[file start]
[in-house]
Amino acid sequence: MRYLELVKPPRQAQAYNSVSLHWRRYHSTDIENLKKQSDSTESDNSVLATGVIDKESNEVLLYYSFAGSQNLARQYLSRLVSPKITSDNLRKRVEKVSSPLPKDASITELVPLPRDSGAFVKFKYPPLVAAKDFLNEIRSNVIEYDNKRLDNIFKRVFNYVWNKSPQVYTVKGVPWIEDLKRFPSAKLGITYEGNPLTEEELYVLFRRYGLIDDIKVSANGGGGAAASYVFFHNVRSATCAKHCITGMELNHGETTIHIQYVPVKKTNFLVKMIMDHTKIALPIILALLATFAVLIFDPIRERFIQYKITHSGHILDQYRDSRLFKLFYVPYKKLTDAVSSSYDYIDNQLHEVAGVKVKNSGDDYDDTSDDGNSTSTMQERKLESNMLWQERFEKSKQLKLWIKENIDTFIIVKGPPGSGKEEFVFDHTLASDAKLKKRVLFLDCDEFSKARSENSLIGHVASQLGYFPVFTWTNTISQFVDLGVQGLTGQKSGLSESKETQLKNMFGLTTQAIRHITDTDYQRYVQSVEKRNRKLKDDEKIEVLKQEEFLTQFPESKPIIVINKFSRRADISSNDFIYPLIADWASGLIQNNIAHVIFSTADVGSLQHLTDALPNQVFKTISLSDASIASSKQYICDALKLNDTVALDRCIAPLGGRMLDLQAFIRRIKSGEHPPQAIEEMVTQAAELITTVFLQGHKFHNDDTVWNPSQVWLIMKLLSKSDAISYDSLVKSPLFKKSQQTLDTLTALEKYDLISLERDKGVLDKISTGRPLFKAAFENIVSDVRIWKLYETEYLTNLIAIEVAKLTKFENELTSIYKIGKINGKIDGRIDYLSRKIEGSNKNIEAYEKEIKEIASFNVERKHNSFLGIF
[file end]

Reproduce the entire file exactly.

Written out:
[in-house]
Amino acid sequence: MRYLELVKPPRQAQAYNSVSLHWRRYHSTDIENLKKQSDSTESDNSVLATGVIDKESNEVLLYYSFAGSQNLARQYLSRLVSPKITSDNLRKRVEKVSSPLPKDASITELVPLPRDSGAFVKFKYPPLVAAKDFLNEIRSNVIEYDNKRLDNIFKRVFNYVWNKSPQVYTVKGVPWIEDLKRFPSAKLGITYEGNPLTEEELYVLFRRYGLIDDIKVSANGGGGAAASYVFFHNVRSATCAKHCITGMELNHGETTIHIQYVPVKKTNFLVKMIMDHTKIALPIILALLATFAVLIFDPIRERFIQYKITHSGHILDQYRDSRLFKLFYVPYKKLTDAVSSSYDYIDNQLHEVAGVKVKNSGDDYDDTSDDGNSTSTMQERKLESNMLWQERFEKSKQLKLWIKENIDTFIIVKGPPGSGKEEFVFDHTLASDAKLKKRVLFLDCDEFSKARSENSLIGHVASQLGYFPVFTWTNTISQFVDLGVQGLTGQKSGLSESKETQLKNMFGLTTQAIRHITDTDYQRYVQSVEKRNRKLKDDEKIEVLKQEEFLTQFPESKPIIVINKFSRRADISSNDFIYPLIADWASGLIQNNIAHVIFSTADVGSLQHLTDALPNQVFKTISLSDASIASSKQYICDALKLNDTVALDRCIAPLGGRMLDLQAFIRRIKSGEHPPQAIEEMVTQAAELITTVFLQGHKFHNDDTVWNPSQVWLIMKLLSKSDAISYDSLVKSPLFKKSQQTLDTLTALEKYDLISLERDKGVLDKISTGRPLFKAAFENIVSDVRIWKLYETEYLTNLIAIEVAKLTKFENELTSIYKIGKINGKIDGRIDYLSRKIEGSNKNIEAYEKEIKEIASFNVERKHNSFLGIF